6. Adjusted weighting formula for Achievement and Growth Also required by law, a new weighting formula will adjust the weighting of the Student Achievement and Student Growth priority areas to account for the percentage of economically disadvantaged (ECD) students in the school or district. Generally, the higher the proportion of ECD students, the greater the weight assigned to
Office of Educational Accountability, April 2016
Growth and the lesser to Achievement, and vice versa. Of the required report card changes, our preliminary analysis signal that this has the potential to have the largest impact on report card scores. The variable weighting will likely result in higher overall scores for highly ECD schools with high growth scores and lower overall scores for highly ECD schools with high achievement but low growth scores. A second weighting change, included in Act 55 would have adjusted for student enrollment length. This enrollment length weighting provision has been removed per Act 212.
7. Virtual Charter Schools Per state law, data for all students in virtual charter schools in which at least 50% of the students are attending under full-time open enrollment are excluded from district report cards calculations. The virtual charter schools will still receive school report cards.
8. Choice School Accountability Per state law, DPI will produce annual Choice Pupil Report Cards for private schools participating in the choice program. Our goal is for both the Public School Report Cards and the Choice Pupil Report Cards to report the same data based on the same calculations. Choice schools are participating in a new data collection system for the first time in 2015-16. As a result, we have only a single year of data for choice students; and will not have attendance or graduation data. Given these data limitations and the core value of treating all schools the same, the Choice Pupil Report Cards for 2015-16, will not have an overall score, rating, or star designation.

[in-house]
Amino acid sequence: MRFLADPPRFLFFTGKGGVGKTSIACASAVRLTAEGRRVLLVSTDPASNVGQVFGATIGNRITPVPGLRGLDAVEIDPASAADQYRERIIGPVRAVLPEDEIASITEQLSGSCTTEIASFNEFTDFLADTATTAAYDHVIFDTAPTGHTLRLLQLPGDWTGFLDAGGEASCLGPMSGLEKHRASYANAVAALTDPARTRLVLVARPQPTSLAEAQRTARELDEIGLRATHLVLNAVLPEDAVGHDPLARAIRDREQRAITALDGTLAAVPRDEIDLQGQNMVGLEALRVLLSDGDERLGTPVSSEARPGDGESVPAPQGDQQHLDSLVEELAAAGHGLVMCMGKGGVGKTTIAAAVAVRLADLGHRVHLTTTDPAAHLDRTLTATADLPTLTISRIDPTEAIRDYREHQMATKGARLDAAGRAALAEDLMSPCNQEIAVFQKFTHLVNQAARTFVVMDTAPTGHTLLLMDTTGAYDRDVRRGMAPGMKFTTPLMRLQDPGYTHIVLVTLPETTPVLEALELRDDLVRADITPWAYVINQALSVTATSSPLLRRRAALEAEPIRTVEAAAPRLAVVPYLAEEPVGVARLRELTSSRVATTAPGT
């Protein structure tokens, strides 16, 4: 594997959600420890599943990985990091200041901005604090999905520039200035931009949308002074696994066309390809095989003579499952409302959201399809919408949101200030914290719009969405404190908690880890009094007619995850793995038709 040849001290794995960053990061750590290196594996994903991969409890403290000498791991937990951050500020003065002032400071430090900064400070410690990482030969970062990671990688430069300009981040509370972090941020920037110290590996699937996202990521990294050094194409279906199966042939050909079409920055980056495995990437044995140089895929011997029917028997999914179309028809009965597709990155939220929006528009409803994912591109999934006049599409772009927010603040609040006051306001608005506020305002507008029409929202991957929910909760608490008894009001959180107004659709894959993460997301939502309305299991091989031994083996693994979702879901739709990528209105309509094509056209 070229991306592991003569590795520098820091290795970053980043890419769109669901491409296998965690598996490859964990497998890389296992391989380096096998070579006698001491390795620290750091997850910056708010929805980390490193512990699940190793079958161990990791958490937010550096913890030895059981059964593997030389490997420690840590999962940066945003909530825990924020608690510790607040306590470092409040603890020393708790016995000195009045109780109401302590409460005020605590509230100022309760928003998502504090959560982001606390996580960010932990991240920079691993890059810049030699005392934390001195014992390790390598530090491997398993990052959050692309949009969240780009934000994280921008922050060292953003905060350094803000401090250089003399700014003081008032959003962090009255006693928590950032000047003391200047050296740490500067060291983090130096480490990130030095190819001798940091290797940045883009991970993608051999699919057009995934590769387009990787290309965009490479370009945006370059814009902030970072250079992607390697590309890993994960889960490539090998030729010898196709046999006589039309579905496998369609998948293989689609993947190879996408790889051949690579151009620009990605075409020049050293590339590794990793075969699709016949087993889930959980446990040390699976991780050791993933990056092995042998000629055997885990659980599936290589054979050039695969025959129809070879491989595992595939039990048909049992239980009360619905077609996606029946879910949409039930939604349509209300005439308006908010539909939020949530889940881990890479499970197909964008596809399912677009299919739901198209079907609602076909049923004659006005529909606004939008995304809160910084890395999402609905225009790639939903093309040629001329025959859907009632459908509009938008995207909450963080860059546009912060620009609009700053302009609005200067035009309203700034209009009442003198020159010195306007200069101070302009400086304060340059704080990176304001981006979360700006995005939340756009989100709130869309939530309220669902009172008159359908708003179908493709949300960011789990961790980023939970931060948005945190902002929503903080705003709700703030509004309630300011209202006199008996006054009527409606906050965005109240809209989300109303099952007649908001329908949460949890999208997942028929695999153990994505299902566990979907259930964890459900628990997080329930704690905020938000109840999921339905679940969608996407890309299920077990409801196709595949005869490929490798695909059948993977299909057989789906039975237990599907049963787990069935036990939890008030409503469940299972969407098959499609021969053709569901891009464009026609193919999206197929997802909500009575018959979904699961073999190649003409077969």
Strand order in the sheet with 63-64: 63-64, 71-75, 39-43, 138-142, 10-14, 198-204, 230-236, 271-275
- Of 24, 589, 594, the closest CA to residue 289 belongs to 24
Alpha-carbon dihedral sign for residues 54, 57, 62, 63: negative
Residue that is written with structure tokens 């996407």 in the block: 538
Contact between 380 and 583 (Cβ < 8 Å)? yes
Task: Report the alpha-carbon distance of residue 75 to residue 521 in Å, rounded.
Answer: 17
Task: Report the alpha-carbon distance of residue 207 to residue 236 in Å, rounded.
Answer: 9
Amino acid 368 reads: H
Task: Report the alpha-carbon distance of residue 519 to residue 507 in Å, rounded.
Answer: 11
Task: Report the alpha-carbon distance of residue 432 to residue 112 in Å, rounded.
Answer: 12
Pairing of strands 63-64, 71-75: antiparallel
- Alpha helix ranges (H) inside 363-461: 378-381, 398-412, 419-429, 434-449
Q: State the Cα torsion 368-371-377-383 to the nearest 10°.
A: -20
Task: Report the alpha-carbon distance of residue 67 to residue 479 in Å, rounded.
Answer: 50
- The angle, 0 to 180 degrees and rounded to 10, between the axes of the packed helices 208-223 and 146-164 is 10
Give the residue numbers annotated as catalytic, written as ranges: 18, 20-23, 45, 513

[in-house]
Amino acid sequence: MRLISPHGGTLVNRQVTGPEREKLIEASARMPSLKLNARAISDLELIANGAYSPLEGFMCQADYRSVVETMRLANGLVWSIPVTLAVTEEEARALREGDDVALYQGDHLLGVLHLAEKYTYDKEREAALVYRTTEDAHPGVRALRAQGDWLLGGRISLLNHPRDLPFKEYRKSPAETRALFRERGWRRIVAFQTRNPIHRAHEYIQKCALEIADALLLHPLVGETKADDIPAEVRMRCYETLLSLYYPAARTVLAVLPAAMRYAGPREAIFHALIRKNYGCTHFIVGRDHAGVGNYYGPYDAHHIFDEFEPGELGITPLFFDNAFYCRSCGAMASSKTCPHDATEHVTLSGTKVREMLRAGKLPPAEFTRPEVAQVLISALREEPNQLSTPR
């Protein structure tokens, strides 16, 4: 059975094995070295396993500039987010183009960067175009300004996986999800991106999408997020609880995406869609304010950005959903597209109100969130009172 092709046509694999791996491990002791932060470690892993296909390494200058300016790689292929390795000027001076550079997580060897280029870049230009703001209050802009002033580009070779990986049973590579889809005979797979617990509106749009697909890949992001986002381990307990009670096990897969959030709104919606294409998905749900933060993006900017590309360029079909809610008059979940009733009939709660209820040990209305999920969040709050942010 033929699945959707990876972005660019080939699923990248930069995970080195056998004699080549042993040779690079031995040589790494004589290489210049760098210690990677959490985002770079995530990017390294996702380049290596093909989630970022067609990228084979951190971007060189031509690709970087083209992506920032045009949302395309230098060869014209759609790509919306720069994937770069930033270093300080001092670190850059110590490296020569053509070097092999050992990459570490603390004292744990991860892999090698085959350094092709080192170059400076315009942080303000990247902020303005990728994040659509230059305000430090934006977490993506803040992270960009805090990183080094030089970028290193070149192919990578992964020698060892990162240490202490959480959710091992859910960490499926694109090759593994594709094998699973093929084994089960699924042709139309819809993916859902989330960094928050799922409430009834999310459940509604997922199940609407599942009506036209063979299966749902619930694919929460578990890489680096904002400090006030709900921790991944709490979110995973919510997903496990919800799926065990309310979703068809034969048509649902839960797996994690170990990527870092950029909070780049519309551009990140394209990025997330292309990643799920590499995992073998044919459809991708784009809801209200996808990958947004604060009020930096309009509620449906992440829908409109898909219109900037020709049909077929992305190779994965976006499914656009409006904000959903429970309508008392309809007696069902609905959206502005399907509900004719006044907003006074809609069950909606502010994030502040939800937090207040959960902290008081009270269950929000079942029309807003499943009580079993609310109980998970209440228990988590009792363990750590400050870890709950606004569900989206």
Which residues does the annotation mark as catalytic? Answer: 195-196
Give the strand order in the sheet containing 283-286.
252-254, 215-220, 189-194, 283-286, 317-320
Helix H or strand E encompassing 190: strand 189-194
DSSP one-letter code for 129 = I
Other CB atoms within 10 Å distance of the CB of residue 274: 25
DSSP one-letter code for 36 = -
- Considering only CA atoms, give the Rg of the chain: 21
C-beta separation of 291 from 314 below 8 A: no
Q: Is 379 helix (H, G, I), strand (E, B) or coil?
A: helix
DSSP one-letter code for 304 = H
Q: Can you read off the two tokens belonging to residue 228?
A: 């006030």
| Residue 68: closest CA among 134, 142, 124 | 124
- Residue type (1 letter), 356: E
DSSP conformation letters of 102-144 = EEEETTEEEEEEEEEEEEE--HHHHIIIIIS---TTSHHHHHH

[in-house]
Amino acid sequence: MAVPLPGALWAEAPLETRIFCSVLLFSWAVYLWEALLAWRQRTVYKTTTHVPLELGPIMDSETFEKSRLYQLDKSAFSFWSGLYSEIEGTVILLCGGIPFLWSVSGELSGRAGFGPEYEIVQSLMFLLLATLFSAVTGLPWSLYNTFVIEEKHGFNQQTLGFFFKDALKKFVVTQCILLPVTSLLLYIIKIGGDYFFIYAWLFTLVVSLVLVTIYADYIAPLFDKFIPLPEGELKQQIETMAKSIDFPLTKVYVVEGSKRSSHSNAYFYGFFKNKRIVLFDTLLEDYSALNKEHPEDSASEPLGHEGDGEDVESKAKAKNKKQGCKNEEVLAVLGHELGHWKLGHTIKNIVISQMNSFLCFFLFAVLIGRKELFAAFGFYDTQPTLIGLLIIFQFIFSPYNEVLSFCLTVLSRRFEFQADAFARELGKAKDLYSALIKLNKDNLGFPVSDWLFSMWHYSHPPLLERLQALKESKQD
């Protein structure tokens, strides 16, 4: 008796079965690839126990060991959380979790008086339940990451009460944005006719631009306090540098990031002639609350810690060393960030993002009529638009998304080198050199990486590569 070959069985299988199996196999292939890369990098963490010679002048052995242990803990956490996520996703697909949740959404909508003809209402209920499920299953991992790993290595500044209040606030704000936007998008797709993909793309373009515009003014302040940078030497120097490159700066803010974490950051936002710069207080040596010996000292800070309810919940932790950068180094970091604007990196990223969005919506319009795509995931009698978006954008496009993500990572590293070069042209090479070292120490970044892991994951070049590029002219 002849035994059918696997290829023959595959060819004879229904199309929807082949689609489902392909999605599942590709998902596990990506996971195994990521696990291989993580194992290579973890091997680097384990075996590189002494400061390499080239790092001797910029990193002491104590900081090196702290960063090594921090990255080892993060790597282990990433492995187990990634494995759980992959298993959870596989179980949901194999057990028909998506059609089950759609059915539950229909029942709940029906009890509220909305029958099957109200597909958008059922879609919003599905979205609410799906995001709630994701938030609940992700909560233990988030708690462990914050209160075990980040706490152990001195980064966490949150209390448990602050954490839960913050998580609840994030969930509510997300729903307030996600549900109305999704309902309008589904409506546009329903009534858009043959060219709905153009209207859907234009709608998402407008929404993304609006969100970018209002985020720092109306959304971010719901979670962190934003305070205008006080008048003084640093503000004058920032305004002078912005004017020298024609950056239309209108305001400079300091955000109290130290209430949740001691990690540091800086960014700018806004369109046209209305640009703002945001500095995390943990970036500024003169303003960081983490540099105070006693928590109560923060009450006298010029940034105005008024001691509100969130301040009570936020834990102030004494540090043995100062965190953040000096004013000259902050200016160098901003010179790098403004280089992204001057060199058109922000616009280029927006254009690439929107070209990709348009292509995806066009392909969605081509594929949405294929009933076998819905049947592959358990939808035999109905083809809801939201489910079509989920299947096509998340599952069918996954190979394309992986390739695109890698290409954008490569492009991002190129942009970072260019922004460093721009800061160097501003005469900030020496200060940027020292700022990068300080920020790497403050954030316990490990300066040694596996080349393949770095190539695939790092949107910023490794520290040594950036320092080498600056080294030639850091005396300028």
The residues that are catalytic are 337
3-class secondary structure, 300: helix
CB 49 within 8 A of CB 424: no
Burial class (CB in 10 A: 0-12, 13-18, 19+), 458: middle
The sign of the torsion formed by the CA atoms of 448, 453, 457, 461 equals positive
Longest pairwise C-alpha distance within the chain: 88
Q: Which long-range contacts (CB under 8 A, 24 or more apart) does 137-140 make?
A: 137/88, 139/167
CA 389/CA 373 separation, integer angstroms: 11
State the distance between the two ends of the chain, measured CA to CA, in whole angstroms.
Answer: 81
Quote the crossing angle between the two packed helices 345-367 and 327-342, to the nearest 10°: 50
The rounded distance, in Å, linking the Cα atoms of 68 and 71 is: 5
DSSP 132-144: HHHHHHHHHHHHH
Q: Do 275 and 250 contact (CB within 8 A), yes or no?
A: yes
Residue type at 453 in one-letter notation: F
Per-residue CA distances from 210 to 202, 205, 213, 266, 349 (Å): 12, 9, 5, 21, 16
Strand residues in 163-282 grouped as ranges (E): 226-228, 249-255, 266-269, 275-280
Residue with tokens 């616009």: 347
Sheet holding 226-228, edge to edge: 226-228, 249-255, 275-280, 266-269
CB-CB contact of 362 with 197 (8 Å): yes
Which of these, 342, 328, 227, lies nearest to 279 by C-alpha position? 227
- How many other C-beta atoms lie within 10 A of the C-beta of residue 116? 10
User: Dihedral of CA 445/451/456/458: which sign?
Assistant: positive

9. Choice Schools have a reporting choice. Per state law, choice schools will receive a Choice Pupil Report Card. These schools also have the option to report data for all students in the school. As such, report cards for private schools participating in a choice program will reflect one of two scenarios: a) If the school submits data for only those students attending under the choice program, the schools report
card will be based solely on those students the Choice Pupil Report Card.
b) If the school submits data for all students at the school (those attending under the choice program and those attending privately), the school will receive two report cards: a Choice Pupil Report Cardwhich includes only choice studentsand a Private School Report Cardwhich includes all students in the private school. DPI anticipates producing the first Private School Report Cards following the 2016-17 school year, when DPI should have sufficient (at least two) years of data.
10. Accountability Ratings The report cards will continue to have four Priority Areas and three Student Engagement Indicators that factor into the overall score and rating. In addition to the overall score and rating, as per state statute, the report cards will now also include a 5-star rating system.
DPI is committed to working with stakeholders. Please contact us with any questions: email@example.com.
Rating Score Stars
Significantly Exceeds Expectations
Meets Few Expectations
Fails to Meet Expectation
0-52.9 * http://docs.legis.wisconsin.gov/2015/related/acts/212mailto:firstname.lastname@example.org?subject=Re:%205%20Things%20to%20Know%20about%202014-15%20Accountability